The island of Al-Zireh, the last remnant of Sidon’s otherwise sunken Old City, witnessed the installation of the largest underwater “garden” in the Mediterranean Saturday.
The artificial reef will aim to rejuvenate marine life near Sidon’s coast and also be a destination for tourists and divers.
Six old tanks and four other military vehicles, all of which had been donated by the Lebanese Army, were submerged to form a habitat where coral reefs could grow and reproduce. The Friends of Al-Zireh Island association, which works to preserve the island, collaborated with the Army and the municipality of Sidon to install the tanks and other vehicles.
Artificial reefs are structures, usually steel or concrete, that offer a place for corals and marine invertebrates to shelter and feed. The submerged vehicles will provide a surface for corals to grow on, and a shelter for tiny fish.
The installation began early Saturday morning and took about 13 hours. All of the vehicles were submerged to a depth of 14, 17 and 18 meters, about 6 to 40 meters apart from one another, within an area of about 150 square meters near Al-Zireh island.
The garden was the brainchild of Mohammad al-Sarji, the head of the Union of Professional Divers, who aided in the vehicles’ submersion.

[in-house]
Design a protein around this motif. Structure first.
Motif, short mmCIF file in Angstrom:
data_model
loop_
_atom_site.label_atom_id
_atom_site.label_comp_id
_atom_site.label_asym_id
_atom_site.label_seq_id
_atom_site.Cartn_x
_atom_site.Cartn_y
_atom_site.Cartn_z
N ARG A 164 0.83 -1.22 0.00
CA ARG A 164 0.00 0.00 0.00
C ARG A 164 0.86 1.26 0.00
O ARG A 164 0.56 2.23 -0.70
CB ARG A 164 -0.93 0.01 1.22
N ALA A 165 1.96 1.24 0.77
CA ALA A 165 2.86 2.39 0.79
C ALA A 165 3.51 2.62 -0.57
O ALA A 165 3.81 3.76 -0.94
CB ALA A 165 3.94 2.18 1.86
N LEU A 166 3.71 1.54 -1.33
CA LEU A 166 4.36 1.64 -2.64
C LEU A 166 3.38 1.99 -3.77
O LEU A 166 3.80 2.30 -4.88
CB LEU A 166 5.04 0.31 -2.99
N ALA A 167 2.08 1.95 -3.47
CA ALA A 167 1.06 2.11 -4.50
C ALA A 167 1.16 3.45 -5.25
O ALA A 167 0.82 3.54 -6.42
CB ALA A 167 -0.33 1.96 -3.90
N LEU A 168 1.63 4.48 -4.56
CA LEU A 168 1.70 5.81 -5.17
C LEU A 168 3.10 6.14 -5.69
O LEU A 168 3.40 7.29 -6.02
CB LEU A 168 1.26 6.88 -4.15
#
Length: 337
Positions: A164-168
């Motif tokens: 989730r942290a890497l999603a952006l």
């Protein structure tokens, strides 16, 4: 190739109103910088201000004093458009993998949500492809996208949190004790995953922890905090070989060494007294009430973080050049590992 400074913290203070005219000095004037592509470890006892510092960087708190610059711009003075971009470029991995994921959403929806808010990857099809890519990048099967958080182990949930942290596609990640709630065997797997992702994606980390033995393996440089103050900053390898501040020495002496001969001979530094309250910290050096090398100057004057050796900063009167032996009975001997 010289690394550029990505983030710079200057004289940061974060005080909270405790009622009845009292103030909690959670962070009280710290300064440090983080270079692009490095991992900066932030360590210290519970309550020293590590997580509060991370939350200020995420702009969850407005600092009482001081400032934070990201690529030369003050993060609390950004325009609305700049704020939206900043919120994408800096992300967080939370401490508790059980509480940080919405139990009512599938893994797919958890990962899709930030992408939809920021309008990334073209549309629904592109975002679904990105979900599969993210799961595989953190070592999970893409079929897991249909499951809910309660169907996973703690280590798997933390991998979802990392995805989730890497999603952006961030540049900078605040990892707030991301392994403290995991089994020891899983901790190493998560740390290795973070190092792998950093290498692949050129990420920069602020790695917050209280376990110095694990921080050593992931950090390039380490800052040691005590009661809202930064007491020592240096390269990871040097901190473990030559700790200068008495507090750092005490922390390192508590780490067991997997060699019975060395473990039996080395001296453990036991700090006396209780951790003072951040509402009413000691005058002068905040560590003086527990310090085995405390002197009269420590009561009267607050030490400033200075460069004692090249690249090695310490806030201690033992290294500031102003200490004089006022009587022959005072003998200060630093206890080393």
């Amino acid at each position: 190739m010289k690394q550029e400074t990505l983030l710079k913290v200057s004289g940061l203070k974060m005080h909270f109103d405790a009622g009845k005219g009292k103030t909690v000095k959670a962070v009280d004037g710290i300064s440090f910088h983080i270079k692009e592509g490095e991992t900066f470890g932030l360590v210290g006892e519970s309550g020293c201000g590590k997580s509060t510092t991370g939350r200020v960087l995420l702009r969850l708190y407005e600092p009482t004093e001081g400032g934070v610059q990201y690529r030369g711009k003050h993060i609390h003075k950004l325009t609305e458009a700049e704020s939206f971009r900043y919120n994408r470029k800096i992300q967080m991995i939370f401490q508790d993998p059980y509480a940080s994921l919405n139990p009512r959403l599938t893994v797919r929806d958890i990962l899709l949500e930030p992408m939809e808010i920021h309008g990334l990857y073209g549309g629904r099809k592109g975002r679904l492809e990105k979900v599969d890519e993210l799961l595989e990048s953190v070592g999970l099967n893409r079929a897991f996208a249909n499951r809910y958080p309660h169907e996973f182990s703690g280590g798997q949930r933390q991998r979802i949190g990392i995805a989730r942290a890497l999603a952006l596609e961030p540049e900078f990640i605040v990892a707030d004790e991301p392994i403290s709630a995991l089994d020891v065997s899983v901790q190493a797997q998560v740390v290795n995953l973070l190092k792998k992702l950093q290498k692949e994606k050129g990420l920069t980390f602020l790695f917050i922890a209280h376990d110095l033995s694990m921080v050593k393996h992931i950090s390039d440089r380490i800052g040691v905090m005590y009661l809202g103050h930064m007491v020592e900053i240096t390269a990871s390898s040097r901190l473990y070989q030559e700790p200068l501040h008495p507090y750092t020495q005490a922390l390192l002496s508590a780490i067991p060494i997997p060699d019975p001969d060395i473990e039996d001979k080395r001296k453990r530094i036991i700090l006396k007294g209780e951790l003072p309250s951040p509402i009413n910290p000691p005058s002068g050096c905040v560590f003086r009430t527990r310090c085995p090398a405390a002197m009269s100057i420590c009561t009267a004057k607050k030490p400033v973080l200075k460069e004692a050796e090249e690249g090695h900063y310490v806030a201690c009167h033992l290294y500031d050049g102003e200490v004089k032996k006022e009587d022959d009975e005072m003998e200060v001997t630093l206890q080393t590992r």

Speaking at the installation, Kamel Kozbar, a member of the Sidon Municipal Council and the chair of the Friends of Al-Zireh Island, thanked Army Commander Joseph Aoun for the Army’s donation.
The vehicles arrived in Sidon from Amchit about two months ago and were stored at Sidon’s port. During this time, studies were conducted in the area to determine where the vehicles should be placed, as well as the environmental effects they could have on marine life.
“These vehicles will form a suitable habitat for the reproduction of coral reefs and marine life, and we thank everyone who contributed and supported this project,” Kozbar said. He also said an event to celebrate the garden’s official opening in the presence of the Army commander will soon be announced.
Sidon Mayor Mohammad Saudi praised the garden’s successful installation. “The Army’s gift is the essence of this garden, which will provide a home for coral reefs and fish reproduction,” Saudi said.
The installation comes as maritime pollution in Lebanon – and particularly in Sidon – recently reached alarming levels. A 2017 study by the Lebanese Agricultural Research Institute found that the coasts of Beirut and Sidon experience the worst cases of contamination in Lebanon as a result seaside landfills and sewage.
The coast of Sidon was among the areas labeled “dangerously contaminated” and unfit for swimming.
This article has been adapted from its original source.
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